Citation Formats

Yang, Shang-Tian, Liu, Xiaoguang M, and Davies, Tim. Engineering Clostridia for n-Butanol Production from Lignocellulosic Biomass and CO2. United States: N. p., 2019. Web. doi:10.2172/1524610.
Yang, Shang-Tian, Liu, Xiaoguang M, & Davies, Tim. Engineering Clostridia for n-Butanol Production from Lignocellulosic Biomass and CO2. United States. doi:10.2172/1524610.
Yang, Shang-Tian, Liu, Xiaoguang M, and Davies, Tim. Sat . "Engineering Clostridia for n-Butanol Production from Lignocellulosic Biomass and CO2". United States. doi:10.2172/1524610. https://www.osti.gov/servlets/purl/1524610.
@article{osti_1524610,
title = {Engineering Clostridia for n-Butanol Production from Lignocellulosic Biomass and CO2},
author = {Yang, Shang-Tian and Liu, Xiaoguang M and Davies, Tim},
abstractNote = {The objective of this project was to engineer novel Clostridium strains to produce n-butanol from low-cost lignocellulosic biomass and gases (CO2 and H2). Butanol is an important industrial solvent and potentially a superior fuel that can fit the existing fuel infrastructure and replace gasoline in auto engines without modification. This project focused on metabolic engineering of cellulolytic Clostridium cellulovorans for directly converting cellulose to n-butanol and carboxydotrophic Clostridium carboxidivorans to convert CO2 and H2 to butanol and ethanol. These clostridial strains were engineered using synthetic biology, gene overexpression and gene knockout strategies to produce n-butanol as the main product from lignocellulose and gaseous substrates. With these metabolically engineered strains, high-titer and high-yield n-butanol production from lignocellulosic biomass were achieved with minimal CO2 released to the environment in a sustainable and co-cultured consolidated bioprocess (CBP) integrated with in situ butanol separation by gas stripping. A well-to-pump life cycle analysis showed that the integrated biobutanol production process could reduce CO2 and greenhouse gas (GHG) emissions by ~75% compared to traditional chemical process. Moreover, the production of cellulosic butanol from CBP would not require enzymatic hydrolysis, an expensive step in current biorefinery using lignocellulosic biomass. The successful development of CBP using engineered clostridia for n-butanol production from lignocellulosic biomass and CO2 can meet the BETO 2022 cost target of $3/gallon gasoline equivalent (gge) for advanced biofuels. With the higher energy content, butanol will be cheaper than ethanol and similar to gasoline at $2.50/gal in terms of energy cost ($ per MJ). With the reduced production cost and product value, biobutanol from lignocellulose and CO2 can one day become a major liquid transportation biofuel, replacing bioethanol and gasoline. Strain development via metabolic engineering and fermentation process optimization, assisted by omic analysis of the mutation and process effects, helped us to achieve our goal of producing n-butanol and ethanol (biofuel) from lignocellulosic biomass at a cost of $3/gge (gallon gasoline equivalent) or less. The co-fermentation technology using both cellulose and CO2/H2 for biofuel production can greatly increase product yield from the biomass feedstock while also reduce GHG emissions, and is novel and advantageous compared to existing ethanol and acetone-butanol-ethanol fermentation technologies. The same metabolic engineering and process approaches can also be applied to other microorganisms to produce bio-based chemicals from renewable resources. Overall, the CBP technology using the novel engineered clostridia is unique and innovative, and complements well with the Biochemical Conversion technologies in the BETO Multi-Year Program Plan (MYPP), which largely focuses on the hydrolysis of cellulosic biomass and utilization of the hydrolysates for ethanol production.},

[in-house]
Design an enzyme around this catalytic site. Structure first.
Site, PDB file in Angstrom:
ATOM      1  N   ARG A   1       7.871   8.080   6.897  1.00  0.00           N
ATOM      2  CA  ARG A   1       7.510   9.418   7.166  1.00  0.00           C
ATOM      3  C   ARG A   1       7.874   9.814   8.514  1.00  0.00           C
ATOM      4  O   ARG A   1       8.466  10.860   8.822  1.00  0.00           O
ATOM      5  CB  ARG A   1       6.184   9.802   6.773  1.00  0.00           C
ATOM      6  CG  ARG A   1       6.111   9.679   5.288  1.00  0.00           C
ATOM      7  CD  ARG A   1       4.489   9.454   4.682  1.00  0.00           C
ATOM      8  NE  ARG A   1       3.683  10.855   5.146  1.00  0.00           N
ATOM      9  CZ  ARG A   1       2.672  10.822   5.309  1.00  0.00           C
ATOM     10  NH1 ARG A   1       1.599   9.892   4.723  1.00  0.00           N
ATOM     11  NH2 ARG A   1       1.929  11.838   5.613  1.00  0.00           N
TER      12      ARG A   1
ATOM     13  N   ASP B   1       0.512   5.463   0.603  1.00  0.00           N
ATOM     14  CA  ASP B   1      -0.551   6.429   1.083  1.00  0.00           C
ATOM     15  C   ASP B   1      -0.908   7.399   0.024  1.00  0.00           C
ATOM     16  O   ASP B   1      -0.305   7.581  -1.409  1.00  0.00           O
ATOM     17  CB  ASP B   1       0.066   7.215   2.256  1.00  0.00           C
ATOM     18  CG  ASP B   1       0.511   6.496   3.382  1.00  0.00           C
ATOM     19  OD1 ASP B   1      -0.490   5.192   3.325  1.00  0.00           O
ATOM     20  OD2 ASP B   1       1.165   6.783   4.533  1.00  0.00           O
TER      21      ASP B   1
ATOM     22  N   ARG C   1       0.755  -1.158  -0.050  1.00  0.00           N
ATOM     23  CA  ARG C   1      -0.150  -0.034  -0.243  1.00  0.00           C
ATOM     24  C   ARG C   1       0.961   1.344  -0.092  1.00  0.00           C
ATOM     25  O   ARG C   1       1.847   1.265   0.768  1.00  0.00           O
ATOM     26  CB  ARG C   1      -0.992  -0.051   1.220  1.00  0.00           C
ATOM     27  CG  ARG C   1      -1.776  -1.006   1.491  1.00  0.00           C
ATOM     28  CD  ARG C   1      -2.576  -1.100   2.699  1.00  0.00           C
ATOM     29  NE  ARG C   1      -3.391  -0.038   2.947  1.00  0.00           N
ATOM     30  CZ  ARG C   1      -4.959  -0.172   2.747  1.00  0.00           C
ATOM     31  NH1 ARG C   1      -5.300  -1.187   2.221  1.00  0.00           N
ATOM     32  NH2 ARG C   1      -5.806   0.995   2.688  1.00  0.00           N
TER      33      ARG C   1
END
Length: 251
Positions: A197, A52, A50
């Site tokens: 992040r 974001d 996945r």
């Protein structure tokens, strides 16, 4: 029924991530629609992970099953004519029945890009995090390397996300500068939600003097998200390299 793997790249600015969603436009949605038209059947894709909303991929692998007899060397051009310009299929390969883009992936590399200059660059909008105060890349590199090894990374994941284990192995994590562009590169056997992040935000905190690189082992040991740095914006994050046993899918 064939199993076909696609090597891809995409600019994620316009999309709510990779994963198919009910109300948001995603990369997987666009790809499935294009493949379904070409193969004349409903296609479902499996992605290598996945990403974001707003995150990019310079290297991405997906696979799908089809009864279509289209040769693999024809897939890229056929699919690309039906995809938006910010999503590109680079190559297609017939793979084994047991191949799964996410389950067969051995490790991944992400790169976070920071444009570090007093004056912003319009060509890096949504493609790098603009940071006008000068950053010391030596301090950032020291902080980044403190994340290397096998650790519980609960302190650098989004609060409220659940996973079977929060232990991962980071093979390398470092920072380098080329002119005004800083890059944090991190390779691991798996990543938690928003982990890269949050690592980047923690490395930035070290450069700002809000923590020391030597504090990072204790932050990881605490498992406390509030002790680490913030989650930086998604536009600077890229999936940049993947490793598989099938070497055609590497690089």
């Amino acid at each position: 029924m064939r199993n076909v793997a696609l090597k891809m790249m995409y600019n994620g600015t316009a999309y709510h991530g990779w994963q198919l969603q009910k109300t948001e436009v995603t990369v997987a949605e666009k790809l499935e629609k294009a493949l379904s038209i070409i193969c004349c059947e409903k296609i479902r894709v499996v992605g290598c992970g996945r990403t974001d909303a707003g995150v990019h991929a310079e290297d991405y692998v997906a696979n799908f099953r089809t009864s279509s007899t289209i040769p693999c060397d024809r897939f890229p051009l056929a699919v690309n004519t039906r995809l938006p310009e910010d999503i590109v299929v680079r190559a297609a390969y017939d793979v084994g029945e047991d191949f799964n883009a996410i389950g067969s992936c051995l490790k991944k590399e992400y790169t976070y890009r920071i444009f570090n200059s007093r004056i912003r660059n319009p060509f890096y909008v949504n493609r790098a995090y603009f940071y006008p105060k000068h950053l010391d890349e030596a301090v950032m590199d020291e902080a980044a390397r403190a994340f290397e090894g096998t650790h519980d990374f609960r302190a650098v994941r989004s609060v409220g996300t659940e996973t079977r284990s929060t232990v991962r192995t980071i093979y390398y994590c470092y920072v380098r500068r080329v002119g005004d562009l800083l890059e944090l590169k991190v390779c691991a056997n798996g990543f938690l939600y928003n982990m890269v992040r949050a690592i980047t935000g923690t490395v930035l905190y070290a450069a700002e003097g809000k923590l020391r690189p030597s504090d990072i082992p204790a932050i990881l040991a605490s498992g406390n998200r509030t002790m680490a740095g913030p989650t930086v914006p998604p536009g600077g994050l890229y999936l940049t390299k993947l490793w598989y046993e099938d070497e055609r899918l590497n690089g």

doi = {10.2172/1524610},
journal = {},
number = ,
volume = ,
place = {United States},
year = {2019},
month = {6}
}